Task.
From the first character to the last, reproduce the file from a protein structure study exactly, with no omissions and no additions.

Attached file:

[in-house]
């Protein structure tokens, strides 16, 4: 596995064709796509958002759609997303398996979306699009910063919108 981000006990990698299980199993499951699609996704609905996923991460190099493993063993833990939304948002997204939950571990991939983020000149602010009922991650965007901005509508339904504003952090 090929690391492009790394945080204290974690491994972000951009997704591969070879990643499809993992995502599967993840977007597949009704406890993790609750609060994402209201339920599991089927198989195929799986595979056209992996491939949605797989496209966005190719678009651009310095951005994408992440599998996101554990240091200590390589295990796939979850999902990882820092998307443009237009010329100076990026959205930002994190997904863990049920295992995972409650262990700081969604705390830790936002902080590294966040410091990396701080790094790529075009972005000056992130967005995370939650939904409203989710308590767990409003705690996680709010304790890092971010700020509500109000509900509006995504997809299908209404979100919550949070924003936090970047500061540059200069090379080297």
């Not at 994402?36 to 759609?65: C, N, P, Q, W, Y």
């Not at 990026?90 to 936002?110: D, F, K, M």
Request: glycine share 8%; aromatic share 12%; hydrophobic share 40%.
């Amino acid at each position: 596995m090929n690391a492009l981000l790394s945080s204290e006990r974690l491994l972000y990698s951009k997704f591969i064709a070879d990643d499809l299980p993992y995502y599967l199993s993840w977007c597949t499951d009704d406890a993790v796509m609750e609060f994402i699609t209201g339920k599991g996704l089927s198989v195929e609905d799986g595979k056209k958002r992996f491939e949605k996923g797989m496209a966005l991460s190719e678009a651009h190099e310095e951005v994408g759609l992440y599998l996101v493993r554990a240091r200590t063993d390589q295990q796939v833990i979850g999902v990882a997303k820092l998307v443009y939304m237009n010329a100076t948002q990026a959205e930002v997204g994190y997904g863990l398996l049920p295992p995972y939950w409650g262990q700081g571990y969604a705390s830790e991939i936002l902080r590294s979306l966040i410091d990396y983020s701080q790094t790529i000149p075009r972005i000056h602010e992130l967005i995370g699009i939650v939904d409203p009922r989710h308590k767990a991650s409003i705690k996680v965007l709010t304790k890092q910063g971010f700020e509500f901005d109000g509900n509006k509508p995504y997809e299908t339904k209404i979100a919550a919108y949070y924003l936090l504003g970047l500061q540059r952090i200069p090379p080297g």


[in-house]
């Protein structure tokens, strides 16, 4: 596995064709796509958002759609997303398996979306699009910063919108 981000006990990698299980199993499951699609996704609905996923991460190099493993063993833990939304948002997204939950571990991939983020000149602010009922991650965007901005509508339904504003952090 090929690391492009790394945080204290974690491994972000951009997704591969070879990643499809993992995502599967993840977007597949009704406890993790609750609060994402209201339920599991089927198989195929799986595979056209992996491939949605797989496209966005190719678009651009310095951005994408992440599998996101554990240091200590390589295990796939979850999902990882820092998307443009237009010329100076990026959205930002994190997904863990049920295992995972409650262990700081969604705390830790936002902080590294966040410091990396701080790094790529075009972005000056992130967005995370939650939904409203989710308590767990409003705690996680709010304790890092971010700020509500109000509900509006995504997809299908209404979100919550949070924003936090970047500061540059200069090379080297």
């Not at 994402?36 to 759609?65: C, N, P, Q, W, Y």
């Not at 990026?90 to 936002?110: D, F, K, M």
Request: glycine share 8%; aromatic share 12%; hydrophobic share 40%.
């Amino acid at each position: 596995m090929n690391a492009l981000l790394s945080s204290e006990r974690l491994l972000y990698s951009k997704f591969i064709a070879d990643d499809l299980p993992y995502y599967l199993s993840w977007c597949t499951d009704d406890a993790v796509m609750e609060f994402i699609t209201g339920k599991g996704l089927s198989v195929e609905d799986g595979k056209k958002r992996f491939e949605k996923g797989m496209a966005l991460s190719e678009a651009h190099e310095e951005v994408g759609l992440y599998l996101v493993r554990a240091r200590t063993d390589q295990q796939v833990i979850g999902v990882a997303k820092l998307v443009y939304m237009n010329a100076t948002q990026a959205e930002v997204g994190y997904g863990l398996l049920p295992p995972y939950w409650g262990q700081g571990y969604a705390s830790e991939i936002l902080r590294s979306l966040i410091d990396y983020s701080q790094t790529i000149p075009r972005i000056h602010e992130l967005i995370g699009i939650v939904d409203p009922r989710h308590k767990a991650s409003i705690k996680v965007l709010t304790k890092q910063g971010f700020e509500f901005d109000g509900n509006k509508p995504y997809e299908t339904k209404i979100a919550a919108y949070y924003l936090l504003g970047l500061q540059r952090i200069p090379p080297g």